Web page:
This authentication can also be done via a phone call or a fingerprint taken in a mobile banking app.

Consumer groups welcome the extra layer of security despite the extra effort involved. However, they warn that consumers must remain wary of falling victim to online scams.

Jenny Ross, money editor for consumer group Which?, says: “We have long urged banks to implement additional payment protections such as strong customer authentication.

“These new rules could make a big difference when it comes to tackling certain types of online fraud.”

But she adds: “Improved security could also come at the expense of customers who don’t use mobile phones. Banks need to make sure they offer solutions for all customers.’

Which? is also concerned that scammers may see SCA as an opportunity – and that there could now be a rise in fake texts, calls and emails claiming to be from “your bank” as criminals use these new security controls as hooks to Steal your personal banking details.

That means customers need to be extra vigilant when they receive unsolicited text messages and emails.

That added layer of friction could also make shoppers think twice before making a purchase — something they might appreciate after the all-too-simple convenience of swiping a contactless card that encourages impulse buying.

Luckily, the need to have so many numbers on hand or in your head might only be a short-term concern – as biometric identification is expected to become more widespread as a double-check solution within the next decade as new technologies are introduced.

Fingerprints, iris scanning and facial recognition technology are already being used in banking apps and passport control, with the industry looking to innovate further to weed out fraudsters in the future.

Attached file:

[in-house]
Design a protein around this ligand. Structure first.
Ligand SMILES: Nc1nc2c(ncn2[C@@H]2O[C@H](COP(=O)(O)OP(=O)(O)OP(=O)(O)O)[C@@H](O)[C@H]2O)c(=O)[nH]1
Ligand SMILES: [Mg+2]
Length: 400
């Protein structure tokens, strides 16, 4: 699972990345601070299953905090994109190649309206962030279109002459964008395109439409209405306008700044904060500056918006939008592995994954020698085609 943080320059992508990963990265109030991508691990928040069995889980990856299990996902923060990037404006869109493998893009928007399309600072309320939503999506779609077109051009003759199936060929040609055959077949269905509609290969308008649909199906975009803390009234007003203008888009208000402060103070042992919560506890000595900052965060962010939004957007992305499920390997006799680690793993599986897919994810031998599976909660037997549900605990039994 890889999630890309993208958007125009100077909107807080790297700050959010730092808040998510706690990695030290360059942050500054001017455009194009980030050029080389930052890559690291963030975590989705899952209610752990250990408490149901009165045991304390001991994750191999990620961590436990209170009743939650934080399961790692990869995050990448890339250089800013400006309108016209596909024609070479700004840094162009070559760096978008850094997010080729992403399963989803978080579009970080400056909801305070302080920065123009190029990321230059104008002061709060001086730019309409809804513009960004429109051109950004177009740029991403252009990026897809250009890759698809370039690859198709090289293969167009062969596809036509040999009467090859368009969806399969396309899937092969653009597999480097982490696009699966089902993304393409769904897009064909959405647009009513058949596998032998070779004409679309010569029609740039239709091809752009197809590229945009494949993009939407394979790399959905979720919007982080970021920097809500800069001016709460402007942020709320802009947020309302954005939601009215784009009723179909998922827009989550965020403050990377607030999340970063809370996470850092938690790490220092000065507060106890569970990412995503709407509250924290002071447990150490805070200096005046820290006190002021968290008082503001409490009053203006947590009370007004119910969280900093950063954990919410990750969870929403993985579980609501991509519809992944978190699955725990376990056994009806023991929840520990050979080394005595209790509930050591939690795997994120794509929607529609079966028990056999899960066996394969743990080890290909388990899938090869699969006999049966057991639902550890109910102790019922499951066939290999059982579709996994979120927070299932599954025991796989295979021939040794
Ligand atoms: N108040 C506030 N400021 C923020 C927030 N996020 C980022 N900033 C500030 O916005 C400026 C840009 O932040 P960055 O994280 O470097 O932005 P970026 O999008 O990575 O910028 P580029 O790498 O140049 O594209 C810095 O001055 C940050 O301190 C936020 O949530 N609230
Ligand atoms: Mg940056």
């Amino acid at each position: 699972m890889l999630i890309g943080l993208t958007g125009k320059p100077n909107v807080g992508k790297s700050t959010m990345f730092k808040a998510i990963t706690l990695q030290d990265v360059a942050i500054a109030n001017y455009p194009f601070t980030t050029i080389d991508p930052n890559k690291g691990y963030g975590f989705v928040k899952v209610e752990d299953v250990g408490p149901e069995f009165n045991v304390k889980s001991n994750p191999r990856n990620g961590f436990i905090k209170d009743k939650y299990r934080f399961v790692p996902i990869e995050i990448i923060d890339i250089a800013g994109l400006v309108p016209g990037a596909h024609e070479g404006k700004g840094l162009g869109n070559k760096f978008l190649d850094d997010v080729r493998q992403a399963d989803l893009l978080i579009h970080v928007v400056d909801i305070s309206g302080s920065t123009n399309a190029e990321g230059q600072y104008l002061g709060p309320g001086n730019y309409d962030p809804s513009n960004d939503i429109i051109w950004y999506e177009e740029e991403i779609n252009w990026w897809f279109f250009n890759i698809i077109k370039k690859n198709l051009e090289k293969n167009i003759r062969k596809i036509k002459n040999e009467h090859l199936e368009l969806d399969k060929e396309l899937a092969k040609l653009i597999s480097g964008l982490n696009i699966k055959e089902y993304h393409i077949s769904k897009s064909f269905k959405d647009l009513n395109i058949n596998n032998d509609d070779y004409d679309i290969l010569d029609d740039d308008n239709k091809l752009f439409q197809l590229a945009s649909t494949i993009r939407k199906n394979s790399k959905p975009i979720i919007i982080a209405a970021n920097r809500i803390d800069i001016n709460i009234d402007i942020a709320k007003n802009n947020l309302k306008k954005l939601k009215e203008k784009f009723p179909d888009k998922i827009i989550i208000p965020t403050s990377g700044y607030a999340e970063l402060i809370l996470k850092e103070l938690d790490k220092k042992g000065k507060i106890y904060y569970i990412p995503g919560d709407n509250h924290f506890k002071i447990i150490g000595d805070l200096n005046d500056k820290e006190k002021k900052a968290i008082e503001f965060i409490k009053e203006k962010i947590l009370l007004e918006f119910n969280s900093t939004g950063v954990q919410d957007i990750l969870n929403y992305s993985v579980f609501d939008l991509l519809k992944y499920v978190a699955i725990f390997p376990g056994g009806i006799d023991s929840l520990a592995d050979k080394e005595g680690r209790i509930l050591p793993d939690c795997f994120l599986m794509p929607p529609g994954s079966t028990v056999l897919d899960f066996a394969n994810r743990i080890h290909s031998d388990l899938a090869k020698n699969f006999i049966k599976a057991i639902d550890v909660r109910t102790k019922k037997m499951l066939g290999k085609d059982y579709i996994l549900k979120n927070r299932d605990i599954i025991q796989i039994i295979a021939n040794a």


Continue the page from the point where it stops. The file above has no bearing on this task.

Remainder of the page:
The National Cyber ​​Security Center (NCSC) was set up six years ago by Government Communications Headquarters (GCHQ), which also oversees the security agency MI5 and the intelligence agency MI6.

Sarah Lyons, Director at NCSC, says: “It is important that consumers can be confident that security measures are in place to protect their day-to-day transactions.

The additional authentication now required adds an important layer of security to fight cybercrime.’

The NCSC notes that alternative authentication options are also being explored — including iris recognition, which can capture images of the eye using infrared light.

Fingerprint reading is another option. Such technology could be more widely adopted in the future. Anyone who thinks they have been scammed should contact their bank immediately.

Most banks have signed up for the “voluntarily authorized push payment fraud code”, which means they must take steps to keep fraud to a minimum.

If you believe your bank was negligent in stopping a fraudulent payment and failed to provide a satisfactory explanation, contact the Financial Ombudsman Service. You should also contact Action Fraud and report the online scam.

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They’re designed to prevent fraud, but online payment verification is frustrating